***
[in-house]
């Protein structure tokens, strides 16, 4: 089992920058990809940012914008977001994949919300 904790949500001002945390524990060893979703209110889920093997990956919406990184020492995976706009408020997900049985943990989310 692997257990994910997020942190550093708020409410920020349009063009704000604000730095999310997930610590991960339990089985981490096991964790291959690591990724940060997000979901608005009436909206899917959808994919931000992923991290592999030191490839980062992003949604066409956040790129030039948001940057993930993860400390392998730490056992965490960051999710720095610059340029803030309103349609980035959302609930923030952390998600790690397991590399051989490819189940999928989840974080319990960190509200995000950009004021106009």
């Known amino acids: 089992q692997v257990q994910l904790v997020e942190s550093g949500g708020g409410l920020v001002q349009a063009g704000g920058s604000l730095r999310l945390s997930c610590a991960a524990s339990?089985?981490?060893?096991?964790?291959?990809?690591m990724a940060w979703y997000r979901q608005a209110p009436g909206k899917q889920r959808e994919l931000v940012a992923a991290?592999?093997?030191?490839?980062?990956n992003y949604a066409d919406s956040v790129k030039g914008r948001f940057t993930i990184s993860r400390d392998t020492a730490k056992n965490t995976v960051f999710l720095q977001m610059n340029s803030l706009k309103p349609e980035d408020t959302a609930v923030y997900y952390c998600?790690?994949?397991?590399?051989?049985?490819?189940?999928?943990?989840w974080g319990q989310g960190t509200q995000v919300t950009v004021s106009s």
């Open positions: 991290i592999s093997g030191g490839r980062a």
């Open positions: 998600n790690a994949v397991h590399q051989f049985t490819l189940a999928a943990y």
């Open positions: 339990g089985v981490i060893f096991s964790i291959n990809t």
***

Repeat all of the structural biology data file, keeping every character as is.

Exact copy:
[in-house]
């Protein structure tokens, strides 16, 4: 089992920058990809940012914008977001994949919300 904790949500001002945390524990060893979703209110889920093997990956919406990184020492995976706009408020997900049985943990989310 692997257990994910997020942190550093708020409410920020349009063009704000604000730095999310997930610590991960339990089985981490096991964790291959690591990724940060997000979901608005009436909206899917959808994919931000992923991290592999030191490839980062992003949604066409956040790129030039948001940057993930993860400390392998730490056992965490960051999710720095610059340029803030309103349609980035959302609930923030952390998600790690397991590399051989490819189940999928989840974080319990960190509200995000950009004021106009």
């Known amino acids: 089992q692997v257990q994910l904790v997020e942190s550093g949500g708020g409410l920020v001002q349009a063009g704000g920058s604000l730095r999310l945390s997930c610590a991960a524990s339990?089985?981490?060893?096991?964790?291959?990809?690591m990724a940060w979703y997000r979901q608005a209110p009436g909206k899917q889920r959808e994919l931000v940012a992923a991290?592999?093997?030191?490839?980062?990956n992003y949604a066409d919406s956040v790129k030039g914008r948001f940057t993930i990184s993860r400390d392998t020492a730490k056992n965490t995976v960051f999710l720095q977001m610059n340029s803030l706009k309103p349609e980035d408020t959302a609930v923030y997900y952390c998600?790690?994949?397991?590399?051989?049985?490819?189940?999928?943990?989840w974080g319990q989310g960190t509200q995000v919300t950009v004021s106009s």
């Open positions: 991290i592999s093997g030191g490839r980062a």
């Open positions: 998600n790690a994949v397991h590399q051989f049985t490819l189940a999928a943990y």
């Open positions: 339990g089985v981490i060893f096991s964790i291959n990809t």